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Knowing how to control emotions while trading can prove to be the difference between success and failure. The mental state has a significant impact on the decisions, particularly for a new trader. Keeping a calm demeanour is important to achieve consistency. The importance of emotional control when day trading cannot be overstated.
For example: Imagine you’ve just taken a trade ahead of Non-Farm Payrolls (NFP) with the expectation that if the reported number is higher than forecasts, you will see the price of GBP/USD increase quickly, enabling you to make a hefty short-term profit. NFP comes, and just as you had hoped, the number beats forecasts. But for some reason, the price goes down… You think back to all the analysis you had done, all the reasons that GBP/USD should be going up. The more you think, the further price falls. As you see the red candlestick grow, emotions begin to take over. This is the ‘Fight or Flight’ instinct. This impulse can often prevent us from accomplishing our goals and, for traders, this issue can be very problematic, leading to knee-jerk reactions.
Professional traders don’t want to take the chance that a rash decision will damage their account, they want to make sure that one knee-jerk reaction doesn’t ruin their entire career. It can take a lot of practice, and many trades, to learn how to minimize emotional trading.
Some of the most common emotions traders experience include fear, nervousness, conviction, excitement, greed and overconfidence.
A common cause of fear is trading too big. Trading with improper size magnifies volatility unnecessarily and causes you to make mistakes you normally wouldn’t make if you weren’t under the stress of risking larger losses than normal. Another culprit for fear (or nervousness) is you are in the ‘wrong’ trade, meaning one that doesn’t fit your trading plan.
Conviction and excitement are key emotions you’ll want to feed off, and you should feel these in every trade you enter. Conviction is the final piece of any good trade, and if you don’t have a level of excitement or conviction then there is a good chance you are not in the ‘right’ trade for you. By ‘right’ we mean the correct trade according to your trading plan. Good trades can be losers just as bad trades can be winners. The idea is to keep yourself winning and losing on only good trades. Making sure you have a conviction on trade will help ensure this.
If you find yourself only wanting to take trades that you deem as possible big winners, you could be getting greedy. Your greed may have been the result of doing well, but if you aren’t careful you may slip and end up in a drawdown.
Always check that you are using proper trade mechanics (i.e. sticking to stops, targets, good risk/management, good trade set-ups). Sloppy trading as a result of overconfidence can end a strong run.
Planning out your approach is key if you want to keep negative emotions out of your trading. The adage ‘Failing to plan is planning to fail,’ can really hold in financial markets. As traders, there isn’t just one way of being profitable. Some many strategies and approaches can help traders accomplish their goals. But whatever is going to work for that person is often going to be a defined and systematic approach; rather than one based on ‘hunches.’
5 Ways to Feel More in Control of Your Emotions While Trading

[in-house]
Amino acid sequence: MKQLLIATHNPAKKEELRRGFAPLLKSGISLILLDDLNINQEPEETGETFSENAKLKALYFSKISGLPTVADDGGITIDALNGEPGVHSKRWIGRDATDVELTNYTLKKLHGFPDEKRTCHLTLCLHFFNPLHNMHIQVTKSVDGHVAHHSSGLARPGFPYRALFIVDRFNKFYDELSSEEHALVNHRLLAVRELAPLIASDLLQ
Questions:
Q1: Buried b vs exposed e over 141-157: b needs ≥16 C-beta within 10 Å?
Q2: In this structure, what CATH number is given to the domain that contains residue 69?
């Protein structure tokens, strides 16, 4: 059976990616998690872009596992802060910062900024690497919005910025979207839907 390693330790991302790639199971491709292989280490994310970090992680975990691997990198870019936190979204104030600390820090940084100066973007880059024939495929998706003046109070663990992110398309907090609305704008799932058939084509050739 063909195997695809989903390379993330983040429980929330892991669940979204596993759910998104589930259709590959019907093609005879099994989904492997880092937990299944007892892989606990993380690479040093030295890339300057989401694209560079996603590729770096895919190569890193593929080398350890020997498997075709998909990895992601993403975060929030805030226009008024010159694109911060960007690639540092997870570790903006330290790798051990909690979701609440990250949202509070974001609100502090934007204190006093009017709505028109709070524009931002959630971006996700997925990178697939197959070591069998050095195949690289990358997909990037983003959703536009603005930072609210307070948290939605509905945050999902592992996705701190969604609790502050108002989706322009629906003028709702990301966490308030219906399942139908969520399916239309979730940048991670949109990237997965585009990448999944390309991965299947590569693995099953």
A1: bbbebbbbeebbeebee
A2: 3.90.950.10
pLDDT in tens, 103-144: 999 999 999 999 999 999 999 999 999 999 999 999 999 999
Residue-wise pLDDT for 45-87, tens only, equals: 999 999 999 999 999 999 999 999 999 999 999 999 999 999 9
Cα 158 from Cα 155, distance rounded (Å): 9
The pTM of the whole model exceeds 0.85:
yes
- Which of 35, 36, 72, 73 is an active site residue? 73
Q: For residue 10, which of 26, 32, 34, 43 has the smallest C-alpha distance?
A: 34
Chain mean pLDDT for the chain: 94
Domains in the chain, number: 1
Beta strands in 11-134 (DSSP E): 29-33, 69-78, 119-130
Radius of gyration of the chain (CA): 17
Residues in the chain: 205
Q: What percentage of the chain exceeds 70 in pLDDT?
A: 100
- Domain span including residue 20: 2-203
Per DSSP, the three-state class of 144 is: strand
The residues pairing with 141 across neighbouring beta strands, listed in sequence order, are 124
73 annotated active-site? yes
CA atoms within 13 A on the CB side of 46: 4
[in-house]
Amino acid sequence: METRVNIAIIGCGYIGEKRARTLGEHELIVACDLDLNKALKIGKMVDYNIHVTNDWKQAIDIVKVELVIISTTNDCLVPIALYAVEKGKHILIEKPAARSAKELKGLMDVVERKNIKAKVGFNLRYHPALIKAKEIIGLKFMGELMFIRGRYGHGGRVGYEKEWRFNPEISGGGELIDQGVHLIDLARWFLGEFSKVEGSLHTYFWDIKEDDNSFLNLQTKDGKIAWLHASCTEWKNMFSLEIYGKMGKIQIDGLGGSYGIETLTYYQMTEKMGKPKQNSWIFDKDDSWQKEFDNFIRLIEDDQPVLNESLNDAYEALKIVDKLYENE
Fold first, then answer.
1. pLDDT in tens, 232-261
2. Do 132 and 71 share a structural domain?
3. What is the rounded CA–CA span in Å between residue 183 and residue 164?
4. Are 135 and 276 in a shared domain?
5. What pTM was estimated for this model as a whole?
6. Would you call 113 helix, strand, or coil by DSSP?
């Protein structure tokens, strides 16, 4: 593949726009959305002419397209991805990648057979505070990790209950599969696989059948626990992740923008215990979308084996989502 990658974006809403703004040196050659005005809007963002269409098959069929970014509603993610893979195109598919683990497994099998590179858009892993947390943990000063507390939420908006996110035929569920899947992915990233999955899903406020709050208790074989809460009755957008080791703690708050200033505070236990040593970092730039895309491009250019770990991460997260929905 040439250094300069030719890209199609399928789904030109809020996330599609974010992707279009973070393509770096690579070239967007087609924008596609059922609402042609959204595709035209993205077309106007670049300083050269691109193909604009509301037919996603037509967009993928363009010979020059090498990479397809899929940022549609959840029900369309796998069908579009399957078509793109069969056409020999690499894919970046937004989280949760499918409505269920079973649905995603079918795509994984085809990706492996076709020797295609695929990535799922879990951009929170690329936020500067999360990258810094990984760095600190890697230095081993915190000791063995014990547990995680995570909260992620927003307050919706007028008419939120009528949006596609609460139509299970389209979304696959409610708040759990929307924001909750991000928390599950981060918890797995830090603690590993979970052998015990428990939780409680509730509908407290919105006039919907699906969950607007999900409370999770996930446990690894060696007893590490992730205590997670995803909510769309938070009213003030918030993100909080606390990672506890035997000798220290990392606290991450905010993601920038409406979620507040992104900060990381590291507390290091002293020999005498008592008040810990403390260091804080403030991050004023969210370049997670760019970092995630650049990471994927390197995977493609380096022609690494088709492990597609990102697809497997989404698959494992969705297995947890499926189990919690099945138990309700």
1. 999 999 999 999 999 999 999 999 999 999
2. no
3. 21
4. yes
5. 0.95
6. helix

Setting your own rules to follow when you trade can help you control your emotions. Your rules might include setting risk/reward tolerance levels for entering and exiting trades, through profit targets and/or stop losses.
Staying away from market conditions which aren’t ideal is also prudent. Not trading when you aren’t ‘feeling it’ is a good idea. Don’t look to the market to make you feel better; if you aren’t up to trading the simple solution may just be to step away.
One of the easiest ways to decrease the emotional effect of your trades is to lower your trade size.
For example: Imagine a trader opens an account with $10,000. Our trader first places a trade for a $10,000 lot on GBP/USD. As the trade moves at $1 a pip, the trader sees moderate fluctuations in the account. An amount of $320 was put up for margin, and our trader watches their usable margin of $9,680 fluctuate by $1 per pip.
Imagine that same trader places a trade for $300,000 in the same currency pair. Now our trader has to put up $9,600 for margin, leaving them with only $400 in the usable margin, and now the trade is moving at $30 per pip.
After the trade moves against our trader only 14 pips, the usable margin is exhausted, and the trade is closed automatically as a margin call.
The trader is forced to take a loss; they don’t even have the chance of seeing price come back and pull the trade into profitable territory.
In this case, the new trader has simply put themselves in a position in which the odds of success were simply not in their favour. Lowering the leverage can greatly help diminish the risk of such events happening in the future.
In terms of fundamental factors, planning for various outcomes in the run-up to key news events may also be a strategy to bear in mind. The results between new traders using a trading plan, and those who don’t can be substantial. Compiling a trading plan is the first step to attack the emotions of trading, but unfortunately, the trading plan will not completely obviate the effects of these emotions. Keeping forex trading journals may also be helpful.
If you’re relaxed and enjoy your trading, you will be better equipped to respond rationally in all market conditions.
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